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Issue 93: Fireworks in Your Diet?

They call it a safe food additive that’s been used for a century as a preservative to ensure products remain free of fungi or bacteria, but sodium benzoate (E211) doesn’t do much in the way of preserving health. In fact, studies indicate that it can damage DNA, leading to neurodegenerative diseases, accelerated aging, liver damage and may heighten hyperactivity in children or cause hives, asthma or other allergic reactions in sensitive individuals. 

Let’s take a closer look at this supposedly safe additive that’s infiltrated our diets and lifestyle. One of the most disturbing findings on the adverse health effects of sodium benzoate is that it can damage and shut down vital parts of DNA in a cell’s mitochondria. Mitochondria, by the way, consume oxygen for cells to function healthily and to generate our body’s energy. In other words, sodium benzoate can bring our health to a halt at the cellular level.

Peter Piper, Ph. D., a professor of molecular biology and biotechnology from the University of Sheffield, has been studying the negative effects of sodium benzoate since 1990. Piper says, “The mitochondria consume the oxygen to give you energy, and if you damage it—as happens in a number of diseased states—then the cell starts to malfunction very seriously. And there is a whole array of diseases that are now being tied to damage to this DNA—Parkinson’s and quite a lot of neurodegenerative diseases, but above all, the whole process of aging,” says Piper.

Sodium benzoate, as well as other food additives, can also have a negative effect on kids. According to many experts, sodium benzoate can cause heightened hyperactivity in children—and not just for those kids who are ADHD. It applies to kids in general and can mimic ADHD symptoms, even in kids who are normal.

Jim Stevenson, Ph. D., a professor of psychology at Southampton University, author of a study published in a 2007 edition of the Lancet, says: “This [the effects of sodium benzoate on hyperactivity] has been a major study investigating an important area of research. The results suggest that consumption of certain mixtures of artificial food colors and sodium benzoate preservative are associated with increases in hyperactive behavior in children.”

Sodium benzoate has health risks on its own, but it can turn into a carcinogenic, or cancer-causing, chemical called benzene if it’s mixed with ascorbic acid (vitamin C), as is the case with many carbonated beverages or fruit drinks. Add some heat to these soft drinks or sodas—such as cartons sitting in a warehouse or garage in hot temps, or even in your car during hot spells—and benzene levels can spike. How long soft drinks have been exposed to light or how long they’ve been on the shelf may increase benzene levels, too.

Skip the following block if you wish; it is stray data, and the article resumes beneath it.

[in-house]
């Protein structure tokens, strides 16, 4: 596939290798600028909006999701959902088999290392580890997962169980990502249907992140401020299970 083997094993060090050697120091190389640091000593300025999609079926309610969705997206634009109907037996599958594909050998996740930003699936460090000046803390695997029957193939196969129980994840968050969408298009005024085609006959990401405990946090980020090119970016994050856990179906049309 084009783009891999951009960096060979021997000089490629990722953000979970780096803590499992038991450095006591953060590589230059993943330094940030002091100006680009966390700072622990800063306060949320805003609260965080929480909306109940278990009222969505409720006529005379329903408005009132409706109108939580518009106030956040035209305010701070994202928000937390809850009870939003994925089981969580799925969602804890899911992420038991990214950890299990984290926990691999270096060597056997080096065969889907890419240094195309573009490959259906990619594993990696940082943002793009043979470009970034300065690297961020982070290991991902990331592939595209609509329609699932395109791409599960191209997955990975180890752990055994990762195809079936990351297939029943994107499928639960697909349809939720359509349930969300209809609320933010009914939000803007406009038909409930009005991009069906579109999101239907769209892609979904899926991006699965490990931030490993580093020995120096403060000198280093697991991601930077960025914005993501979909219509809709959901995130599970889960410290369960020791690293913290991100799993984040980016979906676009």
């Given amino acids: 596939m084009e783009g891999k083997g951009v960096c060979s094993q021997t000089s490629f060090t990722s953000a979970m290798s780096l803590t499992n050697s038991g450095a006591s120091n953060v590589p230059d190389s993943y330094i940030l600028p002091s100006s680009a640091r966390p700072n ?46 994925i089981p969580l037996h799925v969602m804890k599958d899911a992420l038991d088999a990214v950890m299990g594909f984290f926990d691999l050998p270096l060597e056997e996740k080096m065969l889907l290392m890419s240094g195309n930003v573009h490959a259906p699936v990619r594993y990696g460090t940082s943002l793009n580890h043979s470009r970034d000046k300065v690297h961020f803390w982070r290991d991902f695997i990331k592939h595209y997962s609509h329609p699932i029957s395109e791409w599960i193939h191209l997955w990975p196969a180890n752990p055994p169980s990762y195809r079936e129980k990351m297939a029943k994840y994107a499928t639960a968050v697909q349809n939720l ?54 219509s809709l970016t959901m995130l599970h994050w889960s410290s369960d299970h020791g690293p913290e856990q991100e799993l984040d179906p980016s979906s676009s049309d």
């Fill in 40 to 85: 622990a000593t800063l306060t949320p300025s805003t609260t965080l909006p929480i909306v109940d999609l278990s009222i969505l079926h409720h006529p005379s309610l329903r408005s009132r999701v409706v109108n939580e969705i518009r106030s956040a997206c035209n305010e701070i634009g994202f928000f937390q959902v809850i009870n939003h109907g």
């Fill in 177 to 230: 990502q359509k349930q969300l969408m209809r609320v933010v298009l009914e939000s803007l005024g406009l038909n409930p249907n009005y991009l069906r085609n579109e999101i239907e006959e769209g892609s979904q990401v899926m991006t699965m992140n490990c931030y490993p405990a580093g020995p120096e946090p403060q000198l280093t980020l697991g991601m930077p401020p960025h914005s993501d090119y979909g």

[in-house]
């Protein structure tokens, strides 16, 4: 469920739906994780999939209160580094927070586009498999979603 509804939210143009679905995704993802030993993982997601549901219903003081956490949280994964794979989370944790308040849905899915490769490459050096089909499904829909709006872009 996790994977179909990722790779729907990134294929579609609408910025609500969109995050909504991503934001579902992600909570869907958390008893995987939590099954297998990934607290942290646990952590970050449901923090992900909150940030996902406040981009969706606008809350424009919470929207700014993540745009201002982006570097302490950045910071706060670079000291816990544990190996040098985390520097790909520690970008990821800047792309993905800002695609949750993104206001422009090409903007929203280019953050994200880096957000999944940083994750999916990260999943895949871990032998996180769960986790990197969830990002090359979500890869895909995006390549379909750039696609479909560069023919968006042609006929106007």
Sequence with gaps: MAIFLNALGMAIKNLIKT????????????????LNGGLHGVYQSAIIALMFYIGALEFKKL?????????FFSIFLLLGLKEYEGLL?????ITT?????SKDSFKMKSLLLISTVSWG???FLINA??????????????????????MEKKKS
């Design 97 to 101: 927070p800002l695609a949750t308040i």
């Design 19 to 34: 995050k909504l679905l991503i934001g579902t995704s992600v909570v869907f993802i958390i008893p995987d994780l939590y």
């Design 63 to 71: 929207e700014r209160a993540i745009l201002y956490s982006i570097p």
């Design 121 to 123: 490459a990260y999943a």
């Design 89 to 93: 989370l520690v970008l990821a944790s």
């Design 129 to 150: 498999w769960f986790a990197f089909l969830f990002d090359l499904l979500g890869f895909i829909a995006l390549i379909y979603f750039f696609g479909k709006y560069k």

The truth is that benzene is identified as a Class A carcinogen by the Environmental Protection Agency (EPA) and prolonged exposure can cause death, blood disease such as leukemia, bone marrow damage, anemia (due to a decrease in red blood cells) as well as excessive bleeding and immune system suppression, leading to greater susceptibility to infections. Those are just the most serious benzene effects, though. Benzene can also cause dizziness, tremors, rapid heart rate, headaches, drowsiness, confusion, unconsciousness, stomach irritation, convulsions or vomiting.

The amounts of benzene floating around in our soft drinks may astound you. In short, the levels are often unlawfully high. An investigation by the Environmental Working Group (EWG) uncovered the FDA’s data on benzene in soft drinks. It indicated that 79% of diet soda samples tested over a six-year period from 1995 through 2001 were contaminated with benzene at levels above the federal limit for benzene in tap water of 5 parts per billion (ppb).

Here’s how it panned out: The average benzene level was 19ppb, which is nearly four times the tap water standard. The maximum benzene level detected was 55 ppb, which is 11 times the tap water limit. One cola drink, however, was off the charts with benzene, coming in at 138 ppb, about 27 times the tap water limit.

Soft drinks aren’t the only products containing sodium benzoate, however. Some foods naturally contain sodium benzoate, while others—like conventional processed foods, salad dressings, condiments, pickles, cough syrups and even most mainstream manufactured vitamins—have sodium benzoate added.

Be sure you check out a product’s ingredients label prior to buying it or ingesting it. You don’t want this explosive chemical in your diet.

 

This information is intended for educational and informational purposes only. It should not be used in place of an individual consultation or examination or replace the advice of your health care professional and should not be relied upon to determine diagnosis or course of treatment.


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